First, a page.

Monday, January 31, 2011

Scratch: G125

Basically, this is G125 motor with fins and a nosecone. Would your RSO let it fly?




Construction:
I guess I'll fess-up now - this was not my idea, nor is it a ‘live' G125. A year or so ago I ran across a picture of a rocket, whose body was a spent motor casing. Being a wise-#@!, I thought it would be fun to build one to get a rise out of my RSO/LCOs. Using my Dremel with various cutting wheels and grinders, I managed to ream out the casing from a spent G125 motor. I cut some G10 fins and some brass lugs, and attached them with epoxy. I made fillets out of epoxy clay. A piece of 24mm tubing fit nicely inside and I added some Kevlar® twine for a shock cord. When I went to search for a nose cone, I found that I didn't have any junk nose cones that were suitable. I was going to have to add a lot of nose weight to offset the heavy casing, fins, and fillets. I had recently bought a PML resin cone, but the shoulder was obviously the same diameter as the OD of the motor tube. Since I didn't want to sacrifice this fairly expensive cone by grinding the shoulder down, I cut a 1 ½" piece of 29mm tubing to ‘adapt' the cone to the body tube/casing. I attached it to the cone with a tiny screw, forming a reverse shoulder that overlaps the body tube rather than fitting inside.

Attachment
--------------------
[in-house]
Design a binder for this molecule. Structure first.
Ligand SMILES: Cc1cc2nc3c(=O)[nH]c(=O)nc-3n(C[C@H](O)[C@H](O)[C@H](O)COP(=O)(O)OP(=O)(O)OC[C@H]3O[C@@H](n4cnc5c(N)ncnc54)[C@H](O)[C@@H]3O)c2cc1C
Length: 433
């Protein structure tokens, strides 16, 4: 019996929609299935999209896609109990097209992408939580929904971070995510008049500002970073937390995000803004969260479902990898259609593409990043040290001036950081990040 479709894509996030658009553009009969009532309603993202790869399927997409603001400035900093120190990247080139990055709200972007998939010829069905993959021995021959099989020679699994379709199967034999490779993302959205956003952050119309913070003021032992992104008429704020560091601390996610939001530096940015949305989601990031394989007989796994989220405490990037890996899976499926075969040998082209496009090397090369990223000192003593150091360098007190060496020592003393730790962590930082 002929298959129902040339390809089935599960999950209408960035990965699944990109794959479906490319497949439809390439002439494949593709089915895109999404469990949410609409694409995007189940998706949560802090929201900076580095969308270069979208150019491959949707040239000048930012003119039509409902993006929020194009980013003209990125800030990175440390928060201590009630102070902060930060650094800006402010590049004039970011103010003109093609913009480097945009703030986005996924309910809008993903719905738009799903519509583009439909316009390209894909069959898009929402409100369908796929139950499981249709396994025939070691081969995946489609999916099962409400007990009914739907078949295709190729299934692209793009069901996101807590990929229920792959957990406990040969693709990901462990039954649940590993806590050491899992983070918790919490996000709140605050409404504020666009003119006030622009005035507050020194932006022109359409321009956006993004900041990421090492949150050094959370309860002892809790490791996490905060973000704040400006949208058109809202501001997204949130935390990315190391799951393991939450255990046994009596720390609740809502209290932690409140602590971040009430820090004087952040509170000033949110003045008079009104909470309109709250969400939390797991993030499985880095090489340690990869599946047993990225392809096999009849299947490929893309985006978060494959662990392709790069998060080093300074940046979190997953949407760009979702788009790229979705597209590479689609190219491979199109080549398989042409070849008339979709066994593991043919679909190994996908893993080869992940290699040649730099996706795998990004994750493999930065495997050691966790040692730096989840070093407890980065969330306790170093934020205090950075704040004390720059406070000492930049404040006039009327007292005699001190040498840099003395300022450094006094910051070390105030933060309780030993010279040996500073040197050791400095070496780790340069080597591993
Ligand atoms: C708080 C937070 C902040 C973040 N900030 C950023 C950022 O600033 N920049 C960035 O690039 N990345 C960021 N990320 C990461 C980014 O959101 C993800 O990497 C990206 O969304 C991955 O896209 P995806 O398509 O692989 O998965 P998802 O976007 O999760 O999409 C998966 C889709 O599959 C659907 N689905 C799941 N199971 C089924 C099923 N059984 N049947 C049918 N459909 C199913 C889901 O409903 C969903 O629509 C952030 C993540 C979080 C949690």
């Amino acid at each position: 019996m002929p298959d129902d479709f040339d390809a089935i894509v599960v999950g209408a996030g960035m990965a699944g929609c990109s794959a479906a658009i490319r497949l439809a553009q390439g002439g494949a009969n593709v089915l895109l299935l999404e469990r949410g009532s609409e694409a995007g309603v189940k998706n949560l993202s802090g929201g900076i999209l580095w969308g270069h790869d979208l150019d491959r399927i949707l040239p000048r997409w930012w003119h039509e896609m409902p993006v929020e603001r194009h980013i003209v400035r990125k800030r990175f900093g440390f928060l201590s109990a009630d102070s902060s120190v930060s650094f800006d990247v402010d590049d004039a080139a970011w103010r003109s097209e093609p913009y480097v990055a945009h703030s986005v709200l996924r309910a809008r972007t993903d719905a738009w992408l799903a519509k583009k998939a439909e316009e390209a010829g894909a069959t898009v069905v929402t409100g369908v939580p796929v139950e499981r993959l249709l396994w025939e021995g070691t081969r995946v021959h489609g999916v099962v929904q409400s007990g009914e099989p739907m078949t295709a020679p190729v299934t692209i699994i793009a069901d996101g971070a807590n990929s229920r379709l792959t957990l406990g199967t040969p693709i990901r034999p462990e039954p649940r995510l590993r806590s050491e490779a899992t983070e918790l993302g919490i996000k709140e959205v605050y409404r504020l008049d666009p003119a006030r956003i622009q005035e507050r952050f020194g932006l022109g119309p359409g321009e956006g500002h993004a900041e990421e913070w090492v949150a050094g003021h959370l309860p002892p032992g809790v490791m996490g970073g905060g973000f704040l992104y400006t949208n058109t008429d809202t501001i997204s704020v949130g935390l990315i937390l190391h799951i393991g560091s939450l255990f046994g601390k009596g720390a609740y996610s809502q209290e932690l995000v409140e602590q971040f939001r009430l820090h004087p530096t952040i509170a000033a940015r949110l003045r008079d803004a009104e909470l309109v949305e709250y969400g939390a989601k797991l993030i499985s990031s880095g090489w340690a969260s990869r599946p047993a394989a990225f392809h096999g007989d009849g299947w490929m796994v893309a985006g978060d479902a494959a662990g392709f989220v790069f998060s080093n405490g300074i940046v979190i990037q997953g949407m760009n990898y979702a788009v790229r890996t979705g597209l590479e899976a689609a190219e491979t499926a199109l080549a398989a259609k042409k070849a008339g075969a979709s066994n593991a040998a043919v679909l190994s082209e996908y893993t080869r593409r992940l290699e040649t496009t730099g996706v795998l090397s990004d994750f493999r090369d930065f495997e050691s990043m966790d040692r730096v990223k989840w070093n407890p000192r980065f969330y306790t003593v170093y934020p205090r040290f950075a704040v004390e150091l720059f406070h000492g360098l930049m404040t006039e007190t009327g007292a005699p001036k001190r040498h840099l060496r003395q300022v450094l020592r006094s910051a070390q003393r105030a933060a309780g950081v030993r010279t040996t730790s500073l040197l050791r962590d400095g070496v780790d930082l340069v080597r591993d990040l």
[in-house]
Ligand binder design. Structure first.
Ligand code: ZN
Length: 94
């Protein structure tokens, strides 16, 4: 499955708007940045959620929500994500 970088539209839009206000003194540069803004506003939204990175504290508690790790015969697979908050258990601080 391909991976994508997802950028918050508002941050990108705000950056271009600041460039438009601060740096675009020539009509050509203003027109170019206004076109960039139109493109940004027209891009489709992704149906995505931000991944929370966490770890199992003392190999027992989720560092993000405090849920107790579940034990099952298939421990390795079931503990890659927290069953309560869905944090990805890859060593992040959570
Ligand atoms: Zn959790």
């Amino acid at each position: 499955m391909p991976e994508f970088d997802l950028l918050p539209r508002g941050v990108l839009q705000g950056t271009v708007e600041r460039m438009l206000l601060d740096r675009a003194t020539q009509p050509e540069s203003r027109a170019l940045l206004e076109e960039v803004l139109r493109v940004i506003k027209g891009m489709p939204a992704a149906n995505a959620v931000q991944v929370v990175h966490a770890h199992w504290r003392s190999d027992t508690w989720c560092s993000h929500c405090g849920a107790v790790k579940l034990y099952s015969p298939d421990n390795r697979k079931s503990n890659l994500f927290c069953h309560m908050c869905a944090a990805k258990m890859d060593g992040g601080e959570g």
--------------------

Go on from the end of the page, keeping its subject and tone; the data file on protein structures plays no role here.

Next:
To complete the effect, I removed the nozzle from another spent casing. It sits in the end of the rocket and, along with a protruding Copperhead, completes the effect of a motor with fins glued on. I also added some red/white checkerboard tape to the small piece of 29mm tubing. The rest is unfinished.

Flight:
I first took this rocket to a NAR launch. I was sure to get some raised eyebrows there, since the G125 isn't even a legit motor at that site. Well, I neither got the desired effect or did I launch it (I can't remember why). At the next high-power launch, I again pulled it out. There, people see odder things and didn't have much reaction. Oh well. I guess a gag is all in the presentation?

I used a small plastic chute (8"?) and some Estes wadding. The boost on a D12-5 was a little wobbly, but not too bad. The chute was under sized and the cone embedded itself in the relatively soft dirt.

So far, I have not been able to convince myself to expend an E15 or E30 on this little rocket. It will probably just sit in my fleet until I re-use the nose cone.

Update: Well, I reused the cone so it hasn't flown again.